Sundance Institute / Sloan Lab Fellowship
Darcy Brislin and Dyana Winkler will receive a $15,000 cash award from the Alfred P. Sloan Foundation at this year’s Sundance Film Festival. Previous winners include Logan Kibbens’s Operator, Michael Almereyda’s Experimenter, and Rob Meyer’s A Birder’s Guide to Everything.
Bell / U.S. (Co-writers: Darcy Brislin and Dyana Winkler) — At a pivotal point in history, hearing society began a golden age of communication with the advent of the telephone, while deaf society plummeted into a dark age with the eradication of sign language and spread of eugenics. At the helm of both trajectories stands a single man—Alexander Graham Bell. This project was the recipient of the 2016 Sundance Sloan Commissioning Grant.
A Boston native, Darcy Brislin studied Art History and French at the University of St. Andrews in Scotland. She received an MFA in screenwriting and directing from EICAR, the International Film School of Paris, where she met co-writer Dyana Winkler. Currently based in Los Angeles, Brislin has written screenplays with Sundance award-winning director Ondi Timoner and has a feature film in development entitled Crown Chasers, with Maria Bello attached to produce.
Dyana Winkler is a writer, director and producer based in Brooklyn. Her most recent film, a feature-length documentary entitled United Skates, is currently in post production and has received awards from the Sundance Institute, New York State Council For the Arts, Fledgling Foundation, Film Independent, Chicken & Egg, IFP, and many more. Winkler met her writing partner, Darcy Brislin, in Paris, France, while completing their MFAs in screenwriting and directing, and discovered their shared passion for casting new light on historical figures. They went on to write their first screenplay Turing, and have teamed up for a second time with Bell, which was the recipient of the 2016 Sundance Sloan Commissioning Grant.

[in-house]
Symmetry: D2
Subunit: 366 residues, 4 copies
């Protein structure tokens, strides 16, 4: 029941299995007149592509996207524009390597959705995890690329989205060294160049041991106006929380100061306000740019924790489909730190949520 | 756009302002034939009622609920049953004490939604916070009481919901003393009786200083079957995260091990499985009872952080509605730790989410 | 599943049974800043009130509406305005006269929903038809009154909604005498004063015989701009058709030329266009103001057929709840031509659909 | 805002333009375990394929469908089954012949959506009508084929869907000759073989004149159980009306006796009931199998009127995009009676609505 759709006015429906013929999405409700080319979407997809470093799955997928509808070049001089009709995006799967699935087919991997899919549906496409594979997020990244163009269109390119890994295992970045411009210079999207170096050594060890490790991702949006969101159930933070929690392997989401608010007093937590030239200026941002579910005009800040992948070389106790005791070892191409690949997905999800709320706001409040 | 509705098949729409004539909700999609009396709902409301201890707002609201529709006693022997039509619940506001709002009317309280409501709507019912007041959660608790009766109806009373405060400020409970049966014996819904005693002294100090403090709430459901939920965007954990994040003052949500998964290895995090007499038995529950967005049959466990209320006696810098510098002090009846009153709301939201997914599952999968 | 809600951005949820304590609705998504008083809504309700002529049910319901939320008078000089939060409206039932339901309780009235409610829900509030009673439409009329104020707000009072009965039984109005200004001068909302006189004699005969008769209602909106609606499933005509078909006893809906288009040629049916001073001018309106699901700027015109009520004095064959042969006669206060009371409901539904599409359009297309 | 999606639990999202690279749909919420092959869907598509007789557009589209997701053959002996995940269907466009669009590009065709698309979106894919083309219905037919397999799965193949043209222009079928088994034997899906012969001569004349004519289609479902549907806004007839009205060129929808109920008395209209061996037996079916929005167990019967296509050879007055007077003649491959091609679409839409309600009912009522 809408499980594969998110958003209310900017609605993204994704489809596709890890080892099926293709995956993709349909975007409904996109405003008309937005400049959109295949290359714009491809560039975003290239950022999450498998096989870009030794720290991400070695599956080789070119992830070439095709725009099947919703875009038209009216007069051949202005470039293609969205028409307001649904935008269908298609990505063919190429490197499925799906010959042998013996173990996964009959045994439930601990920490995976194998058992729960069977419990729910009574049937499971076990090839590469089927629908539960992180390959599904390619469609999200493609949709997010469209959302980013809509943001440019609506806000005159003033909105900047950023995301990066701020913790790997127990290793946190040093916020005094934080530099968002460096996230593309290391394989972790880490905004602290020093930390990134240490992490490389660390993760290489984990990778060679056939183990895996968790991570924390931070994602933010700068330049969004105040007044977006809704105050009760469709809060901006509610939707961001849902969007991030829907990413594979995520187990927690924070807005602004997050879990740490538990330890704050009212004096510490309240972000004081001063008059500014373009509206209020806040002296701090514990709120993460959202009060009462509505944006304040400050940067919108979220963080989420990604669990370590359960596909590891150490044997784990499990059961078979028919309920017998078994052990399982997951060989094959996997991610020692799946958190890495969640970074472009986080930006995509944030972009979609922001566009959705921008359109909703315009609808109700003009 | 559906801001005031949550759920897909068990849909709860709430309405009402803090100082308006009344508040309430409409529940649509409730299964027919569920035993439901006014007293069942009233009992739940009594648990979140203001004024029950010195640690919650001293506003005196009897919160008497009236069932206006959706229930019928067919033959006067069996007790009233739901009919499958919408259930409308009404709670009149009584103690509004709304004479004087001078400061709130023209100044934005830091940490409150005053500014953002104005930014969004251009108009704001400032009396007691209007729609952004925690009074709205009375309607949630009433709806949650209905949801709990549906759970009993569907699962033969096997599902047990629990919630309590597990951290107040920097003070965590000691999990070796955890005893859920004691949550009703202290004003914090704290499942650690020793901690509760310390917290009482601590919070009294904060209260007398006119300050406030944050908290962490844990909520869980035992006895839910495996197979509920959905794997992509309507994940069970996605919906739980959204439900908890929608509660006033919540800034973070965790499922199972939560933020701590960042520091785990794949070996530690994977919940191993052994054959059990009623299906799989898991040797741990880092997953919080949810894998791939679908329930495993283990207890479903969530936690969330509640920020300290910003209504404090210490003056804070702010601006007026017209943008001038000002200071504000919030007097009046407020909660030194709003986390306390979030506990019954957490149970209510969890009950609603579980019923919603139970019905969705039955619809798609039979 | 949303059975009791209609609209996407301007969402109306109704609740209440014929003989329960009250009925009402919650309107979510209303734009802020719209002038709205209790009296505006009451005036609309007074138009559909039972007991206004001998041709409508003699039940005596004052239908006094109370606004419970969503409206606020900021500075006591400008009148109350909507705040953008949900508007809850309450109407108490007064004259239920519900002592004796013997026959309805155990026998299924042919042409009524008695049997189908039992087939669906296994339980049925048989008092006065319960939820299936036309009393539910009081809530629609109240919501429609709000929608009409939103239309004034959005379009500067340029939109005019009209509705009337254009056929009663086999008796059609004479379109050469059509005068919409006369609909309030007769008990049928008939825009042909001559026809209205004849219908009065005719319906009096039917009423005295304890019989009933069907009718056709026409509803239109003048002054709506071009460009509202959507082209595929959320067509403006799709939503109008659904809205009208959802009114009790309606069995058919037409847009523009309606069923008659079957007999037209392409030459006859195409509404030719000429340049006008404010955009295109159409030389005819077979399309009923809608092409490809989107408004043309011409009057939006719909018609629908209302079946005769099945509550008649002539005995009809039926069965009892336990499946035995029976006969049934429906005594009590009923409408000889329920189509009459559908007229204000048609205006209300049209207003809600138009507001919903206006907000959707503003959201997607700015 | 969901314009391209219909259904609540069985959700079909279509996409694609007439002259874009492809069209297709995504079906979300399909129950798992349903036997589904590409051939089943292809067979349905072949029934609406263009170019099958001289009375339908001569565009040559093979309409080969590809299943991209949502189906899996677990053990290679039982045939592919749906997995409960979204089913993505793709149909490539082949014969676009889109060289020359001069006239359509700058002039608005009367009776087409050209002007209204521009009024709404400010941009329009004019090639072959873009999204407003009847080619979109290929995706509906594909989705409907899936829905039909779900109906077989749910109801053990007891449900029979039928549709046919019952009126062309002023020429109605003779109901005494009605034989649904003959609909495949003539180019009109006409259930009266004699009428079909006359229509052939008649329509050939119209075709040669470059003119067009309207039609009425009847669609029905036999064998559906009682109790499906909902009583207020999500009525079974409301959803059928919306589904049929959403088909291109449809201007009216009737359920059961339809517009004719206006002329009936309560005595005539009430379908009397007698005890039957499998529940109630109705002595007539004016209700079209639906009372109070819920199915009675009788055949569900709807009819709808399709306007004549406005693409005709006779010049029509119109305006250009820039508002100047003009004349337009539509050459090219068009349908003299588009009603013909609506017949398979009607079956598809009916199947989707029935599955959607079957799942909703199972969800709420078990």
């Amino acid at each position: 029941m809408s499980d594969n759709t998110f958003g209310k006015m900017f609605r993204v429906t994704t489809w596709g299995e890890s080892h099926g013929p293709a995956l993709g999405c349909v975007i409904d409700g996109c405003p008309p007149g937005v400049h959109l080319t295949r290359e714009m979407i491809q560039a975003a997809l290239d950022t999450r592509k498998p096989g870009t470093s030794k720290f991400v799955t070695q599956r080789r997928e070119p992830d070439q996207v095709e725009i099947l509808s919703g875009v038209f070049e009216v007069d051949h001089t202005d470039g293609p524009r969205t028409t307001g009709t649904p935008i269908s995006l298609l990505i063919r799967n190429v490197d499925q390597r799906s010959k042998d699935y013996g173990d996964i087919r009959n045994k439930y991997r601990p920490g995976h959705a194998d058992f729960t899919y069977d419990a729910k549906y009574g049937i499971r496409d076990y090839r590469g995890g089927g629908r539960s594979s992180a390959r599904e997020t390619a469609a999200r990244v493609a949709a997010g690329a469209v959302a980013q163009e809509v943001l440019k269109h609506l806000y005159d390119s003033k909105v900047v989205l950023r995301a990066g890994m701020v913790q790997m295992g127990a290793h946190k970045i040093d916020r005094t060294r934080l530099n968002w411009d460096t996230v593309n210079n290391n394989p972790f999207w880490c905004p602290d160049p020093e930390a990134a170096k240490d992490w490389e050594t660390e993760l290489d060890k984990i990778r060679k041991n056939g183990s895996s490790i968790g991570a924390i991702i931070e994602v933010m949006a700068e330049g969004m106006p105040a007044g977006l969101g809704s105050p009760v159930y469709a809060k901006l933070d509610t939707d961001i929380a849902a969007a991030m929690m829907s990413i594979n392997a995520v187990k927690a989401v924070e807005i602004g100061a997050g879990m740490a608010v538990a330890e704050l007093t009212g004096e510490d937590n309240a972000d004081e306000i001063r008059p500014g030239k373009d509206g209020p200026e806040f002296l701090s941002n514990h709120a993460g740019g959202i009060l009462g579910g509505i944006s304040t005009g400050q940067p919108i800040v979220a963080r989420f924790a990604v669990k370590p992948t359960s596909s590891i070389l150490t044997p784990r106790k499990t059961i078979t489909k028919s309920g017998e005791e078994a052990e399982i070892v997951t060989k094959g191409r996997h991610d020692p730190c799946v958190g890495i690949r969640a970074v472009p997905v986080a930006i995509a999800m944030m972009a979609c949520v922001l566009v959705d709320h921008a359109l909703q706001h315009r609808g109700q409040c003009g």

Sundance Institute / Sloan Episodic Storytelling Grant: Levittown
Adam Benic will receive a $12,500 cash award from the Alfred P. Sloan Foundation at this year’s Sundance Film Festival.
Levittown / U.S. (Writer and creator:Adam Benic) — A one-hour drama series about visionary WWII veteran, Lieutenant William Levitt, who on his 40th birthday broke ground on the largest private construction project in American history. Alongside his attorney father and architect brother, Will fights against an antiquated industry to fill the massive postwar housing need, thus building the world’s first mass-produced suburb, Levittown, Long Island.
Adam Benic is a Writers’ Assistant on TNT’s Animal Kingdom, and formerly a Showrunner’s Assistant on Hulu’s Shut Eye, CBS’s Extant, and a graduate of AFI’s MFA Screenwriting program. Adam hails from Long Island, New York where he grew up in a Levitt home.
Keep up with festival news—view photos from the 11 Sundance 2017 Films Getting Buzz.